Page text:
[0021] In this embodiment, the cache has a volume of 16 MB, four way set associations and a line size (block size) of 64 bytes. The data memory is composed of two banks with 64-byte interleaved. Each DRAM MAT 11 consists of 2048 rows×256 columns×16 bytes. The volume of the main storage unit 2 is 2 G bytes. The data transfer unit between the processor 1 and the cache system 3 and between the cache system 3 and the main storage unit 2 is 64 bytes.

[0022] In the following, as specific terms, 16 bytes are defined as a double word (DW). Four double words of 64 bytes are defined as a double word 0, a double word 1, a double word 2, and a double word 3 in the ascending order of the double word address.

[0023] The processor 1 includes means for sending a load address to the processor bus 200 and requesting the cache system 3 to load the corresponding data from the main storage. Further, the processor 1 also includes means for sending a store address and store data onto the processor bus 200 and requesting the cache system 3 to store the data. The means for requesting the system 3 to load the data and the means for requesting the system 3 to store the data are not essential to the present invention. Hence, those means are not illustrated and described herein.

[0024] When the processor 1 issues a load request the processor bus interface 13 sets the load address to the address latch 8, sets the loaded data to the data buffer 12 and sends it to the processor 1 through the processor bus 200. Further, when the processor 1 issues a store request, the processor bus interface 13 sets the store address to the address latch 8, and sets the data to be stored to the data buffer 12.

[0025] The main storage unit 2 includes means for reading out the data from the memory by using the load address received through the memory bus 300 in response to the load request from the cache system 3 and sending the load data to the cache system 3 through the memory bus 300 together with the load address. The main storage unit 2 includes means for storing the data received through the memory bus 300 in the memory in response to the store request from the cache memory 3 by using the store address received through the memory bus 300.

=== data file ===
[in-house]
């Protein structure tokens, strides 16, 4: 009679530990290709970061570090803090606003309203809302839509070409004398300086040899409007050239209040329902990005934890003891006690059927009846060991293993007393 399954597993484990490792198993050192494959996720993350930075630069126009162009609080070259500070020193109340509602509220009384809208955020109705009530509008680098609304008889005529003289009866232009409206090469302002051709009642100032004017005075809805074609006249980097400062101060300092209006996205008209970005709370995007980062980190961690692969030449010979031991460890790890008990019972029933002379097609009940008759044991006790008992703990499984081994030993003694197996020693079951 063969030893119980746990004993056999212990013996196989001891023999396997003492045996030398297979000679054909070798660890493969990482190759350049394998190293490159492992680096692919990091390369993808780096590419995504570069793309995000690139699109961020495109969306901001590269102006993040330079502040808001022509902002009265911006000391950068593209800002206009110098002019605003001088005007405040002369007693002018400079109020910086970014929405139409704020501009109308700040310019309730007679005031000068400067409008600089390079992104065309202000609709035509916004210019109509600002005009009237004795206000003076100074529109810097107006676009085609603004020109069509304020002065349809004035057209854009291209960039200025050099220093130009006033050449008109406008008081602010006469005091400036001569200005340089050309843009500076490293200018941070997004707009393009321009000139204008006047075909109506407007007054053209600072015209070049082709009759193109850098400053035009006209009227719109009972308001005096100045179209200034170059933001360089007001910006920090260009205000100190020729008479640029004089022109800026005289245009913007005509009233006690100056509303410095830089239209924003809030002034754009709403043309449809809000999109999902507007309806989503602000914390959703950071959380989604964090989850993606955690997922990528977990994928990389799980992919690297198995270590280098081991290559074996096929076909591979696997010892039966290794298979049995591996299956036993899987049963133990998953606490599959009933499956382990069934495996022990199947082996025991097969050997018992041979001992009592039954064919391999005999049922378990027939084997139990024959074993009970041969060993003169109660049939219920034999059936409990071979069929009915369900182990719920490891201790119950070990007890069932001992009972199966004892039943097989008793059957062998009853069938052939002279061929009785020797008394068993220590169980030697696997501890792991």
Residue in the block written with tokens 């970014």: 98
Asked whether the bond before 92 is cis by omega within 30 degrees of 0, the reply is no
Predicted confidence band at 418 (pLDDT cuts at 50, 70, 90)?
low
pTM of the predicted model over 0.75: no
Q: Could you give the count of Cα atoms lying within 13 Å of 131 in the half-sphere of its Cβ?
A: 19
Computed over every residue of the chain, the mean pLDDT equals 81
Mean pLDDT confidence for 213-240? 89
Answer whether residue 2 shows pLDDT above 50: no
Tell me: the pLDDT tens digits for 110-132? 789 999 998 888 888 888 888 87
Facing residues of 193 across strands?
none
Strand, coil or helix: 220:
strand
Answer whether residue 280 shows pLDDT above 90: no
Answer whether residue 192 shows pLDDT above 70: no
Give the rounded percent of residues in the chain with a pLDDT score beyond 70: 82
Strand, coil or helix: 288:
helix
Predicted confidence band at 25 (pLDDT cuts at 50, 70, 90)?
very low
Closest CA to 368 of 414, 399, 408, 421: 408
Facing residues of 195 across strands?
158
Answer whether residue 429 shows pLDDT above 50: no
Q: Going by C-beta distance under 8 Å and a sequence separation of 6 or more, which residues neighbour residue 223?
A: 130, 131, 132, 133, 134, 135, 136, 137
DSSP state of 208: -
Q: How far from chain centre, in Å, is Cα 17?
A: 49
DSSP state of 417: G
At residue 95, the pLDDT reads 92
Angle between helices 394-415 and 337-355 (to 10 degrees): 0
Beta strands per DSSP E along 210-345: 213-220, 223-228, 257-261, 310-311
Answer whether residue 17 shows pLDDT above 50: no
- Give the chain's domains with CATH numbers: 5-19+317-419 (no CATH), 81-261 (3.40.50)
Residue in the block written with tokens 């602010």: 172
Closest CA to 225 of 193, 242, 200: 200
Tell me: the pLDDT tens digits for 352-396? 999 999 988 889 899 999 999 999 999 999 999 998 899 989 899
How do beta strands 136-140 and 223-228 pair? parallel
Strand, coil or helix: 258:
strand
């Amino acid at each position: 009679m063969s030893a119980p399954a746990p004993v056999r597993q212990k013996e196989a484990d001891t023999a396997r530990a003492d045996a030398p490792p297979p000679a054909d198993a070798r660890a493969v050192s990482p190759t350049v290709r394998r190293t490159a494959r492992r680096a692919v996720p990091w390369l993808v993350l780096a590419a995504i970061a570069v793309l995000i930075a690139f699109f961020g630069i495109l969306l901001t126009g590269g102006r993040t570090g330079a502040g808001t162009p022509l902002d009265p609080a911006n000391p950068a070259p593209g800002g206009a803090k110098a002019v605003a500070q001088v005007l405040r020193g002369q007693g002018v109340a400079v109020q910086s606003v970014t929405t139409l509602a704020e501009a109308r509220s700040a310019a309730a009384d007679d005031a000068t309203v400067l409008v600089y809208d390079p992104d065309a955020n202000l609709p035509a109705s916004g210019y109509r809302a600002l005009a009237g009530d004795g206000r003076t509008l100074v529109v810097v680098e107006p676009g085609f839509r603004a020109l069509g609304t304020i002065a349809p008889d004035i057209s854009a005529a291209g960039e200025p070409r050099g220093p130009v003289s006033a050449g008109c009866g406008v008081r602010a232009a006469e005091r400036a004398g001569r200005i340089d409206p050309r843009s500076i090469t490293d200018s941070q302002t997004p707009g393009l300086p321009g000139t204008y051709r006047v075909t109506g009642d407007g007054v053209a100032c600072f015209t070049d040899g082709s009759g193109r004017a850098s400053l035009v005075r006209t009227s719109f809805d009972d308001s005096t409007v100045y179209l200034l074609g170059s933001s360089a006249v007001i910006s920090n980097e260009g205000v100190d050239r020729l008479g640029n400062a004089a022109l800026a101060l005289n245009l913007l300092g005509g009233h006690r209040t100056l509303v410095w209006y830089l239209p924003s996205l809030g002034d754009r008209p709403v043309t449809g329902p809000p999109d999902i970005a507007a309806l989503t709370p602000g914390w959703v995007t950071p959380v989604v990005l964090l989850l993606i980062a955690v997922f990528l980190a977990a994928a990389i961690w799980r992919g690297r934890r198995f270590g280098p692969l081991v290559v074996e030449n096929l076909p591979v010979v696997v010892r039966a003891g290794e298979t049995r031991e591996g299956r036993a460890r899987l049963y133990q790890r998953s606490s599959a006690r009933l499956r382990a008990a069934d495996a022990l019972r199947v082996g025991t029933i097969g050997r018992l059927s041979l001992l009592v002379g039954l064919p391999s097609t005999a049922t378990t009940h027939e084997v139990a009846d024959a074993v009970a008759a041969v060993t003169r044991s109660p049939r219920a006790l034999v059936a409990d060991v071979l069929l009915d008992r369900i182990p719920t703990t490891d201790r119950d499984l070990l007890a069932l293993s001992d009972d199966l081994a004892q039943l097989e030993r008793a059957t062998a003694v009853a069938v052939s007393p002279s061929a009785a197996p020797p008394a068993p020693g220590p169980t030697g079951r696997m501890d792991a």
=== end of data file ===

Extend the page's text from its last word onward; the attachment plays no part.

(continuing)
[0026] The memory bus interface 14 sends the load address received from the cache control circuit 5 to the main storage unit 2 through the memory bus 300. When the load data and the load address are sent from the main storage unit 2, the memory bus interface 14 sets the load address to the address latch 8 and sets the load data to the data buffer 12.

[0027] Moreover, the memory bus interface 14 includes means (not shown) for sending the store address from the cache control circuit 5 and the store data from the data buffer 12 to the main storage unit 2 through the memory bus 300.

[0028] The bank 0 data memory 15 or the bank 1 data memory 16 is composed of a SDRAM (Synchronous DRAM) that operates at a fast rate in synchronous with the clocks from the outside. Later, the location of the data on the DRAM MAT 11 will be described.

[0029] An even set number is assigned to the bank 0 data memory 15, while an odd set number is assigned to the bank 1 data memory 16. In each bank, 16 double words belonging to four blocks of the same set are assigned to 16 consecutive column addresses of the same row address, respectively. At this time, four double words belonging to the same block are allocated to the serial column addresses. The double words are located in the ascending order of their addresses as the column address is increased in number.

[0030] The blocks in the same set may take any order. In this embodiment, however, the blocks are located in the ascending order of their numbers as the column address is increased in number.

[0031] As shown in FIG. 1, hence, the double words 0, 1, 2, 3 belonging to the way 0 of the set number (16 i+j)×2 are assigned to the locations of the row number i and the column numbers 16 j, 16 j+1, 16 j+2, and 16 j+3 of the bank 0 data memory 15. Further, the double words 0 belonging to the ways 1, 2 and 3 of the set number (16 j+j)×2 are assigned to the locations of the row number i and the column numbers 16 j+4, 16 j+8, and 16 j+12 of the bank 0 data memory 15. In this embodiment, i is a natural number ranging from 0 to 2047 and j is a natural number ranging from 0 to 15.

[0032]FIG. 2 shows a detail arrangement of the address selector 7.

[0033] The output signal 112 of the address selector 7 has a bit width of 11 bits, which are described in Z10 to Z9, respectively. Z10 is an MSB (Most Significant Bit) and Z0 is an LSB (Least Significant Bit). The address bits 21 to 7, which are sent from the address latch 8 through signal lines 104 and 102, are described as A21 to A7. Further, the way decode bits 1 and 0, which are sent from a cache control circuit through a signal line 107, are described as W1 and W0. If the value of the signal line 108 has a logical value of 1, the values A21 to A11 on the signal line 104 are outputted onto the signal line 112. If the value of the signal line 109 has a logical value of 0, Z10 to Z8 on the output signal line 112 output a logical value of 0. Z7 to Z4 output the values A10 to A7 on the signal line 102. Z3 to Z3 output the values W1 to W0 on the signal line 107. Z to Z0 output a logical value of 0.